Category Archives: Ethernet

IDF14 – Will Bare Metal Servers Obviate Bare Metal Switches?

Recently I wrote about the Networking Field Day 8 presentations on Nuage Networks and Big Switch Networks. A noticeable absentee at Networking Field Day 8 was the co-host of the popular Packet Pushers show, Greg Ferro. What was so important that kept Mr. Ferro away from NFD8? Well, it turns out that he was attending Intel Developer Forum 2014 and discussed his findings on his show – The Network Break (I guess you can call me a Greg Ferro stalker). This prompted me to dig a bit deeper into Intel’s Software Defined Infrastructure vision and what I think it means to the networking industry.

Intel’s announcements included new products such as the XL710 controller and E5 chipset, and technologies, such as QuickAssist Network Acceleration APIs and Data Plane Development Kit (DPDK).

NFV and Intel DPDKDPDK has actually been around since 2010. As defined on its website, it is a set of libraries and drivers for fast packet processing on x86 platforms. It runs mostly in Linux userland. This allows for higher levels of packet processing throughput than what is achievable using the standard Linux kernel network stack. In fact, according to these slides, it can achieve a 25X improvement in per core L3 packet performance over standard Linux. Using DPDK, the latest Intel chips can support Geneve, which is a highly extensible UDP encapsulation for overlays. Geneve claims to perform flexible packet matching of any type of tunnel protocol (such as VXLAN and NVGRE). Within the Geneve Header is an Options field that can contain metadata and context, which is invaluable for NFV & service chaining). So, it is not surprising that Intel has a partnership with VMware (the champions of overlay networks) that is catered to NFV solutions.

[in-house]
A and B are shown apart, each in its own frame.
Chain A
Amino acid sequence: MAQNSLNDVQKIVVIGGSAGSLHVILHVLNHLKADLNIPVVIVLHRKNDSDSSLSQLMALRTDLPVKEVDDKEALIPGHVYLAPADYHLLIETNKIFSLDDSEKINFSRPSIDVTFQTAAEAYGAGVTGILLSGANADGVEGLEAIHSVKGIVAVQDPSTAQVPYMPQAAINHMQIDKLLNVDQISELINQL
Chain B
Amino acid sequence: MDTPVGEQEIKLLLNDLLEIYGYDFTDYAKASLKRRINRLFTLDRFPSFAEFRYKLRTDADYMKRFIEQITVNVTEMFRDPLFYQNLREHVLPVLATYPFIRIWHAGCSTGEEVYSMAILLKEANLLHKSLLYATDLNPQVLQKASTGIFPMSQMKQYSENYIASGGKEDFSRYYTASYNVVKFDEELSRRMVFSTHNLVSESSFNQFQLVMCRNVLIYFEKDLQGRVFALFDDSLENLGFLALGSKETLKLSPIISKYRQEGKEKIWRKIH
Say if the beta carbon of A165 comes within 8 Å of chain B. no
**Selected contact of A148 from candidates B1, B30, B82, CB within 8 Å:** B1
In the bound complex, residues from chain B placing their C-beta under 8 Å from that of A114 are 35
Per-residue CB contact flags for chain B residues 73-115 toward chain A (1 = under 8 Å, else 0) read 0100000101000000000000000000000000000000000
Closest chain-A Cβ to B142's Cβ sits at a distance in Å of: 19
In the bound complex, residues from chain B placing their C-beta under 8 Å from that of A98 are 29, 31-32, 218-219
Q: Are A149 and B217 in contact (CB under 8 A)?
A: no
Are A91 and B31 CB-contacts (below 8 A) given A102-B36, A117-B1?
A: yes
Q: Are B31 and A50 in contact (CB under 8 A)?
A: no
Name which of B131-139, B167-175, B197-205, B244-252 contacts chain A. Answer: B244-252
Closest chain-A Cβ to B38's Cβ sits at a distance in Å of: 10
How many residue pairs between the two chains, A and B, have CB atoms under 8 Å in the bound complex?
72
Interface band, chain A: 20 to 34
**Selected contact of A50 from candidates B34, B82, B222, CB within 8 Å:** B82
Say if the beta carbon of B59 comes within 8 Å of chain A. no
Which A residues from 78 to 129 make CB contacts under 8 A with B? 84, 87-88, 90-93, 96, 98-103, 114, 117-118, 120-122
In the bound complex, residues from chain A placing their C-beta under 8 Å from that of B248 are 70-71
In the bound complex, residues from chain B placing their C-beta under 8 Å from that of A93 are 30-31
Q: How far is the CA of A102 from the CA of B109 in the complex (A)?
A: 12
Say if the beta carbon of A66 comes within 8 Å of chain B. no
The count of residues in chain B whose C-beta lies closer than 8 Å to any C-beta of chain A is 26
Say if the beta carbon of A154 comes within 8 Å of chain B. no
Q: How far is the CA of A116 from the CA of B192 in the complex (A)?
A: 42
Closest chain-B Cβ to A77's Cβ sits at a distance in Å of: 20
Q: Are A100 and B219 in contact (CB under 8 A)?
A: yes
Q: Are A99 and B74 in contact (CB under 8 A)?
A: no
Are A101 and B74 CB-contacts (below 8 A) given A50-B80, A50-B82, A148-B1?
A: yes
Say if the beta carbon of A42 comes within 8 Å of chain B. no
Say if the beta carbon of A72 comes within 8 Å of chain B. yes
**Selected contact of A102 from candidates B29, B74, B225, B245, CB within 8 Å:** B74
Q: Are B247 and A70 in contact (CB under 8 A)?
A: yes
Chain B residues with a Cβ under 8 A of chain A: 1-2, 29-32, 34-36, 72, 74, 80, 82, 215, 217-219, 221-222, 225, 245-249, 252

Intel XL710The Ethernet Controller XL710 is 40 Gbps ready on a single virtual core, 160 Gbps per CPU socket. It can terminate Geneve tunnels at line rate (39.39 Gbps on the 40 Gbps adapters) as the IDF14 demos showed. The reason it can do this is because of Receive Side Scaling for VXLAN, which balances CPU utilization across cores.

Intel E5 with QuickAssistSome of the packet/security/compression acceleration features of the E5-2600 v3 chipsets, powered by QuickAssist technology (which does stateless offload and protocol acceleration), are 100 Gbps SSL Termination (a boon for SEO), 160 Kops (key operations for IPSec), 80 Gbps Platform compression (applicable for Big Data analytics like Hadoop), which should keep pure play networking vendors (including firewall, VPN Concentrators, and load balancer) on their toes.

The overlay vs underlay network debate has become a hot topic in recent years, perhaps best exemplified by the Cisco ACI vs VMware NSX solutions. VMware believes that overlays on top of bare metal servers running X86 chips are the way of the future. They believe that protocol offload technologies like QuickAssist are the solution for building scalable infrastructures. Pure play vendors like Cisco believe that there is still value in custom networking ASICs on switches that form the underlays. Still other networking startup vendors like Pica8, Cumulus Networks, and Big Switch Networks are the poster children of bare metal switches, i.e. switches that leverage merchant silicon, such as Broadcom or Marvell, and whose sheet metal is assembled by white box vendors such as Celestica, Delta Networks, Acton, or Quanta.